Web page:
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RTE complaint, Norwegian support and Mayo people in the pay

RTE faces complaint over Corrib Primetime special

11/29/2006 - 12:04:47 PM

THE Shell to Sea group has lodged a formal complaint with RTE over an allegation that Primetime excluded vital poll data from their special programme last Thursday night.


Dr Mark Garavan, Shell to Sea spokesperson, has strongly disputed the RedC opinion poll jointly carried out by the Irish Independent and RTE’s Primetime, arguing that the results of a crucial question were omitted from the programme.


Shell to Sea claims that a key finding which asked respondents their preferred development model for the Corrib gas project was not published. This question showed that 44 per cent favoured an offshore processing of the gas compared to 29 per cent supported the processing at Bellanaboy. Seventeen per cent wanted the project abandoned. According to Dr Mark Garavan: “Serious matters of impartiality and commitment to public service broadcasting arise for RTE.”

In a letter sent to RTE yesterday morning (Monday), Dr Garavan outlined his dis-satisfaction with the alleged misrepresentation of the poll findings in the Irish Independent and an exclusion of key information by RTE’s Primetime.

The Shell to Sea spokesperson said: “RTE programme makers operate under guidelines which require them to ensure that no joint opinion poll conducted by them with a third party can be used for propaganda purposes.”

“It was apparent from Friday’s distortion of the poll findings in the Irish Independent that the Independent seriously misrepresented the data. This raises a serious issue for RTE and has done damage to RTE’s reputation as an independent, public service broadcaster.”

Referring to the exclusion of data on Primetime he said: “If this critical question was to be excluded did this not undermine the validity and comprehensiveness of the other findings which purported to give a full account of Mayo opinion on the Corrib gas matter?”

In response to an earlier statement by Dr Garavan, RTE denied that it had misrepresented the poll findings. “Unfortunately, one of the questions in that poll had to be dropped because it became apparent to the programme team during the course of research that the wording of the question contained assumptions which were in fact incorrect. The decision to drop the question was taken entirely within the Primetime team and no one outside Primetime had any influence in that decision.”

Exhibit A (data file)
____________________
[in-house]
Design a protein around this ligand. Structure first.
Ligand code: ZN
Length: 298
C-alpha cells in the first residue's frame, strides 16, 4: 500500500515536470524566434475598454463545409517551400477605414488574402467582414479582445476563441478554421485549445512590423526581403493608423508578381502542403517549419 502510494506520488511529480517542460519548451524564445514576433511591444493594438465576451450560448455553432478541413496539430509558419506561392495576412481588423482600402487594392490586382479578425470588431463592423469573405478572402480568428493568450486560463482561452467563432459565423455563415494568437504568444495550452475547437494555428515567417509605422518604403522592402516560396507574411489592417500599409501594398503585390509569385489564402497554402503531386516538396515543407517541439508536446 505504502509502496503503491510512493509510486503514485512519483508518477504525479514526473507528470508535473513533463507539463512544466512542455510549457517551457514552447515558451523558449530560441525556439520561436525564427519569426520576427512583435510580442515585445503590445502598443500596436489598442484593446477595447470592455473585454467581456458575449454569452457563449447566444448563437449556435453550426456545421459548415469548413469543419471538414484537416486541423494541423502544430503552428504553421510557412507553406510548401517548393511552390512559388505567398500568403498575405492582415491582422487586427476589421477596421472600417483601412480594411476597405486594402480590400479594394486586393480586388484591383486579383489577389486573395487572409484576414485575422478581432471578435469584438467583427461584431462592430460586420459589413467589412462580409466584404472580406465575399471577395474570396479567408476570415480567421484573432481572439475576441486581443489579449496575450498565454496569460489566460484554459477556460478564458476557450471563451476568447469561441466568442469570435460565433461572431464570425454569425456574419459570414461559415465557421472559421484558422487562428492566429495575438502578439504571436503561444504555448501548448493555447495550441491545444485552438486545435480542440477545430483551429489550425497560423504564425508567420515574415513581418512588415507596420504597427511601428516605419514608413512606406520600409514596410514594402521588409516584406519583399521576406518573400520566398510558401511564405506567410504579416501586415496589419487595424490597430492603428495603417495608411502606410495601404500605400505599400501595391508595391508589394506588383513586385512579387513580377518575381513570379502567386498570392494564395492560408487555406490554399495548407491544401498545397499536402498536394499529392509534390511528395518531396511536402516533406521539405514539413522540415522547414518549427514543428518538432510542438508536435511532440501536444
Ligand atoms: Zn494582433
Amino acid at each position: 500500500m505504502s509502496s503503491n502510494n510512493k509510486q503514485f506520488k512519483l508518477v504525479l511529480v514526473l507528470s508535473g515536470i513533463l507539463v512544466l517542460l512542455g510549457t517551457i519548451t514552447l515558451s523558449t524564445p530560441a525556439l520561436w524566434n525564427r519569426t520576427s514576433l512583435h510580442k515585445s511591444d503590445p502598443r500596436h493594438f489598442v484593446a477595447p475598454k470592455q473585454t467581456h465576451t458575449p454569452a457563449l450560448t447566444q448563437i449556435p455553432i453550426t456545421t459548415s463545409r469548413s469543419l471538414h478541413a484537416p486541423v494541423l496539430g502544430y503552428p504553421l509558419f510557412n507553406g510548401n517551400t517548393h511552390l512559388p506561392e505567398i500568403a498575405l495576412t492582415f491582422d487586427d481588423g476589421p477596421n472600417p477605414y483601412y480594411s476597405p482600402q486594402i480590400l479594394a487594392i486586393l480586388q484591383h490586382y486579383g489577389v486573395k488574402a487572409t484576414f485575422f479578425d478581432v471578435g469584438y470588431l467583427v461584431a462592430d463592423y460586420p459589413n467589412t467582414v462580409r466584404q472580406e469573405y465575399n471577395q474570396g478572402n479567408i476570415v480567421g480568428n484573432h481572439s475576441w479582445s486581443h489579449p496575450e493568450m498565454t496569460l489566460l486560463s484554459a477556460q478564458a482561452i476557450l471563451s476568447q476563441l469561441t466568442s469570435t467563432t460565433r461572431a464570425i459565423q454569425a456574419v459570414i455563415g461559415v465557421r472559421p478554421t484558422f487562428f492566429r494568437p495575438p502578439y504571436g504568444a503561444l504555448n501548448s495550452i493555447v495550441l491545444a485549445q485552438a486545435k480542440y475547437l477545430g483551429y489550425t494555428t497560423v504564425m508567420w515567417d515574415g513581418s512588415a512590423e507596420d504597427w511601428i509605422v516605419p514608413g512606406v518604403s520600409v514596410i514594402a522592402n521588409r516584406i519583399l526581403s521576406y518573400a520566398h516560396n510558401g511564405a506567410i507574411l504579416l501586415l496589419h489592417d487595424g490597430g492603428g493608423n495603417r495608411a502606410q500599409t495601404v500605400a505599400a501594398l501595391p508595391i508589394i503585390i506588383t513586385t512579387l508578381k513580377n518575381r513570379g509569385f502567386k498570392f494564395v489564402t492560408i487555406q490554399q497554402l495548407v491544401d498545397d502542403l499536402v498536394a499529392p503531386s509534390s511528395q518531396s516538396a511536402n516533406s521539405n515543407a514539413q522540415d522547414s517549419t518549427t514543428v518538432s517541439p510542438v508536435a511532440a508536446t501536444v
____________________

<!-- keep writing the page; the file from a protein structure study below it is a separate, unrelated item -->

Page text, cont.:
RTE added that the programme also reminded viewers of a poll conducted by RTE Nuacht last September which showed that most respondents in Mayo would prefer to see the Corrib Gas terminal located at sea.

Meanwhile, Terje Nustad, leader of SAFE, the main confederation of oil and gas industry workers in Norway met with the head of Statoil in Dublin yesterday.

He has committed his union to bringing information regarding Statoil’s involvement in the Corrib gas project to political lead-ers and public opinion in Norway.

Mr Nustad has completed a three-day fact finding visit to North Mayo and addressed Shell to Sea’s national meeting on Saturday and a local community meeting on Sunday. He was accompanied by Mr Helga Ryggvik, a leading Norwegian historian and expert on Statoil.

In his address to the local community Mr Nustad said: “Statoil’s actions in Mayo is against the ethical values that they would apply in Norway.”

Echoing this statement Mr Ryggvik said: “Statoil would not dare to act in this way in Norway.”

And, in another development, Shell E&P Limited has welcomed the response of locals from a series of open meetings held in Belmullet.

The meetings were carried out on Tuesday and Wednesday last in the Broadhaven Bay Hotel to coincide with the application for a Foreshore Licence.

Susan Shannon, External Affairs Advisor, told the Western People that 350 to 400 people attended over the two day series, representing both sides of the debate.

“This was our first open event in three years and we were very pleased with the turnout which exceeded our expectations.”

The Foreshore Licence will facilitate Shell’s under-taking of survey works in the Bay areas around Sruwaddacon and Rossport.

This survey work will consist of seabed hydrographic and geophysical surveys to gain further information on the seabed conditions. These surveys will not take place until a license has been obtained.

Ms Shannon was unable to shed any light on when this licence will be obtained.

“It is up to the Department on how long it takes. We would expect notification in the local media shortly. The licence is merely to carry out survey works.”

As regards advisory appointments made in March, Ms Shannon confirmed that Christy Loftus is still working on a full-time basis as an external advisor, while former Garda Chief Supt John Carey works part-time as a local consultant. She said Padraig Hughes, Former County Secretary,”does not work for Shell, is not employed by Shell and never was”. However, Ms Shannon subsequently claimed that Mr Hughes “does some work from time to time for Shell”.

Posted Date: 
28 November 2006 - 6:49pm